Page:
Those of you who read Earlywood’s news may recall that one of our bloggers is Lexy Adams (yes, the Lexy Adams). A freelance writer, Lexy has spent a lot of time thinking and writing about food: from the way it’s produced to how it’s cooked. Her work has been published by Oxford University Press and she’s written for National Geographic Traveler, The Boston Globe, Saveur and others. Along the way, she’s interviewed some interesting food and ag folk. We thought it’d be fun to profile a few of those people here from time to time. Here’s the first.
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A few years back, I was sent to a little village in the Piedmont region of northern Italy to interview one of my longtime heroes, Carlo Petrini, the founder of the International Slow Food Movement. Petrini first came to prominence in 1986 when a McDonald’s opened near the Spanish Steps in Rome. Rather than embrace the advent of fast food in Italy, Petrini set about creating resistance to it. The result was Slow Food.
Lexy and the extraordinary Carlo Petrini.
Back then, Slow Food’s mission was to work against the disappearance of local food traditions. Since, the organization’s vision and membership have broadened and today it’s supported by more than 100,000 members in 150 countries, from Africa to Asia to the Americas. There’s even an international Slow Food Youth Network with chapters in Cuba, Mozambique, even Kazakhstan. Slow Food’s members work to promote good, clean and fair food. In other words, says Petrini, the food we eat should taste good, it should be produced in a way that doesn’t harm the environment or our health, and food producers should receive fair compensation for their work. Petrini believes that each consumer’s food choices have consequences all over the globe.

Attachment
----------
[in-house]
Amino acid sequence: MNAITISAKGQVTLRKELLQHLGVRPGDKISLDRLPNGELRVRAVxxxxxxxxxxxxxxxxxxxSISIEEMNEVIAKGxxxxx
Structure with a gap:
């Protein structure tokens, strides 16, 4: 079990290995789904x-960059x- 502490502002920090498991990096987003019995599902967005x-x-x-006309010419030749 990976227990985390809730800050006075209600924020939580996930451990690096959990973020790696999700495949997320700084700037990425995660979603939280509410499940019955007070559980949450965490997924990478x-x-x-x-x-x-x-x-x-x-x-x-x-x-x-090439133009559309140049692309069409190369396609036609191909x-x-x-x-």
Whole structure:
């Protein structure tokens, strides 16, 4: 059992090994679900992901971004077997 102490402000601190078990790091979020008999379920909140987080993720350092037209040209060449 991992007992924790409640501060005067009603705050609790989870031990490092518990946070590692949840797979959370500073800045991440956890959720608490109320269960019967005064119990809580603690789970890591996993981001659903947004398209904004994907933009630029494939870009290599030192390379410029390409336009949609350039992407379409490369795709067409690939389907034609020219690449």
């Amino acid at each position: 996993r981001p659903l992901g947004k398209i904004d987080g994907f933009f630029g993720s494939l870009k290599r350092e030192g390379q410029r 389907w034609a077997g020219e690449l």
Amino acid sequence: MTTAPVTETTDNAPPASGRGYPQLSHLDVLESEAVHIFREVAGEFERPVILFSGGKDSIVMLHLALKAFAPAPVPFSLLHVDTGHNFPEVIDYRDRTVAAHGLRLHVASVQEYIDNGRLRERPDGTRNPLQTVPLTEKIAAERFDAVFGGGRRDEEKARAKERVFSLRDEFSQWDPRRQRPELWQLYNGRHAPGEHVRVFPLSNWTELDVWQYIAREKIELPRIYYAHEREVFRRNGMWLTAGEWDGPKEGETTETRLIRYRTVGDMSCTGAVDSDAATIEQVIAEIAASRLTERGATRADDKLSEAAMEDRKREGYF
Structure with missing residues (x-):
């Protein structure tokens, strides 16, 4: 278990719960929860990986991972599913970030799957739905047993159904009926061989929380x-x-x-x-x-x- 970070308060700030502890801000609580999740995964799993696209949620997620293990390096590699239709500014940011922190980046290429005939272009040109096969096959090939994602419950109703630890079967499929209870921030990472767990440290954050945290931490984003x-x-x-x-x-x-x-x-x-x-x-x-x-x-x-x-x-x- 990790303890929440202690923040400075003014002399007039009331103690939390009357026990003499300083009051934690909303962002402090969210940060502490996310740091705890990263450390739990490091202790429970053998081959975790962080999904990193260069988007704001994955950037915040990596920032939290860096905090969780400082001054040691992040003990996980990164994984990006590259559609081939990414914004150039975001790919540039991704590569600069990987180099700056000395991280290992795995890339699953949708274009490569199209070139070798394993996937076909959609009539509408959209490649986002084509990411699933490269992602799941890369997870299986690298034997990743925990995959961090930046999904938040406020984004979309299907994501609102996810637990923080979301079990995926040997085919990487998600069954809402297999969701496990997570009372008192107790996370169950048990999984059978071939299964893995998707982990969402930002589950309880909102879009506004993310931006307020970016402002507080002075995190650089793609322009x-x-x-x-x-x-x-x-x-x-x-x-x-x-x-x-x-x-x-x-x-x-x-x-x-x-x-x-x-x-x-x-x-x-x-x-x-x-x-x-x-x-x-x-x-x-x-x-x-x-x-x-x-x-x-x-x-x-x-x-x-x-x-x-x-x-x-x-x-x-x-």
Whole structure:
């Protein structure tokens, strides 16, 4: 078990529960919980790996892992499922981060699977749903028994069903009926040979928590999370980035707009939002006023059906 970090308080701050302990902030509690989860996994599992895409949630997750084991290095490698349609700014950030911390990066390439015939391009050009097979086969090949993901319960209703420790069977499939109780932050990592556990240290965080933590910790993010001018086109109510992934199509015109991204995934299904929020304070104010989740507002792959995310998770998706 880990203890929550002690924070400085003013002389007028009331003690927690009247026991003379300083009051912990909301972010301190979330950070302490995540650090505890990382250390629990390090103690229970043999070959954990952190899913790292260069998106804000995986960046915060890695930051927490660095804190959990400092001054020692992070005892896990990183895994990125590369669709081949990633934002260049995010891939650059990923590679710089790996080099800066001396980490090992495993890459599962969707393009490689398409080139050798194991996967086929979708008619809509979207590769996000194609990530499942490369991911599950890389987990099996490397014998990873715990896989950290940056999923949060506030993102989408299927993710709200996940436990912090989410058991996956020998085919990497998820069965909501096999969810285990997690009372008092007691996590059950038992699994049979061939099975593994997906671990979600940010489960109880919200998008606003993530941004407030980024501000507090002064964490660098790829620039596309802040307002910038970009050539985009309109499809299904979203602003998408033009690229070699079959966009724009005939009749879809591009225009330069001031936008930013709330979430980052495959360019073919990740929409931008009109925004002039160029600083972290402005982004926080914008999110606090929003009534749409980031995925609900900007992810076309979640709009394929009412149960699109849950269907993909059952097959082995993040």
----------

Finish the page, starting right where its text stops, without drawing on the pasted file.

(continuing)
When I first heard about Petrini in the mid-1990s, I was pretty smitten with his work, but I never imagined I’d meet him. When I finally did, I found him to be laid-back, elegant in a down-to-earth kind of way, and—above all—passionate about the ideals that fuel his extraordinary endeavors. In addition to Slow Food, Petrini started the University of Gastronomic Sciences, which is where I met with him (and is where I’d attend college if I could do it all over again!).
For more information about Petrini and Slow Food’s efforts, click any links above. For information specifically about Slow Food in the United States, visit Slow Food USA.